On Saturday, November 16 at 7:00 p.m., we'll meet to discuss a work of nonfiction, "The Poisoner's Handbook: Murder and the Birth of Forensic Science in Jazz Age New York" by Deborah Blum. According to Amazon.com:
"Equal parts true crime, twentieth-century history, and science thriller, The Poisoner's Handbook is "a vicious, page-turning story that reads more like Raymond Chandler than Madame Curie" (The New York Observer). A fascinating Jazz Age tale of chemistry and detection, poison and murder, The Poisoner's Handbook is a page-turning account of a forgotten era. In early twentieth-century New York, poisons offered an easy path to the perfect crime. Science had no place in the Tammany Hall-controlled coroner's office, and corruption ran rampant. However, with the appointment of chief medical examiner Charles Norris in 1918, the poison game changed forever. Together with toxicologist Alexander Gettler, the duo set the justice system on fire with their trailblazing scientific detective work, triumphing over seemingly unbeatable odds to become the pioneers of forensic chemistry and the gatekeepers of justice."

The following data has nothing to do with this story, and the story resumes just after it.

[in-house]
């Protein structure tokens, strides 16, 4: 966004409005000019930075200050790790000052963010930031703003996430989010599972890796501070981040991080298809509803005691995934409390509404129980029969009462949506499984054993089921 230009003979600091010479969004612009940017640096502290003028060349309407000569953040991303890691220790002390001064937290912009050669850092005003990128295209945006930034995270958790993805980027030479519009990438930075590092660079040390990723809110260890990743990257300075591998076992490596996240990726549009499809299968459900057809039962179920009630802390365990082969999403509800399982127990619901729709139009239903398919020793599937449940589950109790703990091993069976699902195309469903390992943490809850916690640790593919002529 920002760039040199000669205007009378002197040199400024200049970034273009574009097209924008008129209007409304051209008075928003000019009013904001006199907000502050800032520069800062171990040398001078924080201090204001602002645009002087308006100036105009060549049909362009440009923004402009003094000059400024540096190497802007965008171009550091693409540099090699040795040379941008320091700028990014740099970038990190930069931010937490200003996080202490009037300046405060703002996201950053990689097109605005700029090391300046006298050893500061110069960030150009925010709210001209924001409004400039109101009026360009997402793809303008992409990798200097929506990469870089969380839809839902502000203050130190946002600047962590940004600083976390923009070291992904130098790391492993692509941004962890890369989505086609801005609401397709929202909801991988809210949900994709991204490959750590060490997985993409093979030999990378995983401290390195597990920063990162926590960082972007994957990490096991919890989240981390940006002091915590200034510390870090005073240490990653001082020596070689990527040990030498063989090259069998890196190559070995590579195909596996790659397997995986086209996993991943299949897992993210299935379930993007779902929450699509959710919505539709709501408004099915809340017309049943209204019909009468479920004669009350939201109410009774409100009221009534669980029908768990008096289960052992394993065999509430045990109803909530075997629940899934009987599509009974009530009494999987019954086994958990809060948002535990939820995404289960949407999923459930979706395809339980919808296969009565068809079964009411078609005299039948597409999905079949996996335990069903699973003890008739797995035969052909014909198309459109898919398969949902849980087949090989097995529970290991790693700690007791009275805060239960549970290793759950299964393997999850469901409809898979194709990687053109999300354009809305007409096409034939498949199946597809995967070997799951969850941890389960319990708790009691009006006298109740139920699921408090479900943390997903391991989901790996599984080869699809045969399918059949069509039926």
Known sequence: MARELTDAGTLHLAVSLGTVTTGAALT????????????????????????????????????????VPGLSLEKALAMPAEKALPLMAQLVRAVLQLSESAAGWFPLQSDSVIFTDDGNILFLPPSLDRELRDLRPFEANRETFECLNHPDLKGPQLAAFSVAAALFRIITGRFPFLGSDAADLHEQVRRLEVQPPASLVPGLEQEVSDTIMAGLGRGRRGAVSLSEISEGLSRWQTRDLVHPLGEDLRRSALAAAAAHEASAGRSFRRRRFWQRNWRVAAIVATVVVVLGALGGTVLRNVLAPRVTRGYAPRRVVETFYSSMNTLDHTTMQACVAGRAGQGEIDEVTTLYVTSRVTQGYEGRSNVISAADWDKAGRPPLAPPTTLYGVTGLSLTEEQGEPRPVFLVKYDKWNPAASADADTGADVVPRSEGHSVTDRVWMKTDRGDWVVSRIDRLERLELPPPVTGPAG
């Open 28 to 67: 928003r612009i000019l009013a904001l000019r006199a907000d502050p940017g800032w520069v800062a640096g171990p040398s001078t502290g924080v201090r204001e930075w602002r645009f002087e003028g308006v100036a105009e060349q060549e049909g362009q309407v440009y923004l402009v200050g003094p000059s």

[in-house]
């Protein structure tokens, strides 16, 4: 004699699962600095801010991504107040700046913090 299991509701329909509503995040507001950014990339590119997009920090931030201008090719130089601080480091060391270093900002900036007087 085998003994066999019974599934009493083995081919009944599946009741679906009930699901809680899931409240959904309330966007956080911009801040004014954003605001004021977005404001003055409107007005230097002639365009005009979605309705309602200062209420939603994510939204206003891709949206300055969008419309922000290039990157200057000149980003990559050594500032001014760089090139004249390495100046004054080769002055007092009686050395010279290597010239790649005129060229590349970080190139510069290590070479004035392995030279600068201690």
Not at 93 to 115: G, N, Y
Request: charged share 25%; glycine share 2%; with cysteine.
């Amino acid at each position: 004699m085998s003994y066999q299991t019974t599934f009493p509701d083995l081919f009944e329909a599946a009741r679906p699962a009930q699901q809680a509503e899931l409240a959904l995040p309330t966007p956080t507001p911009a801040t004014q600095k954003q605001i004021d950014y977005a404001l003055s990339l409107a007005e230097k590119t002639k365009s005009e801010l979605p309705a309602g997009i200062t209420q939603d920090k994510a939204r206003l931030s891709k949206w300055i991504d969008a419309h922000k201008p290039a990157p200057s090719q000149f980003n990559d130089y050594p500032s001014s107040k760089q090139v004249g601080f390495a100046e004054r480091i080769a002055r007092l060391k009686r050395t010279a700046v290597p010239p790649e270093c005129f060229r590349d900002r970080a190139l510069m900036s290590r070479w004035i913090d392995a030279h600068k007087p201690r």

Just in time for making Thanksgiving dinner, too! Come see some friends and have a good discussion without carpal tunnel kicking in!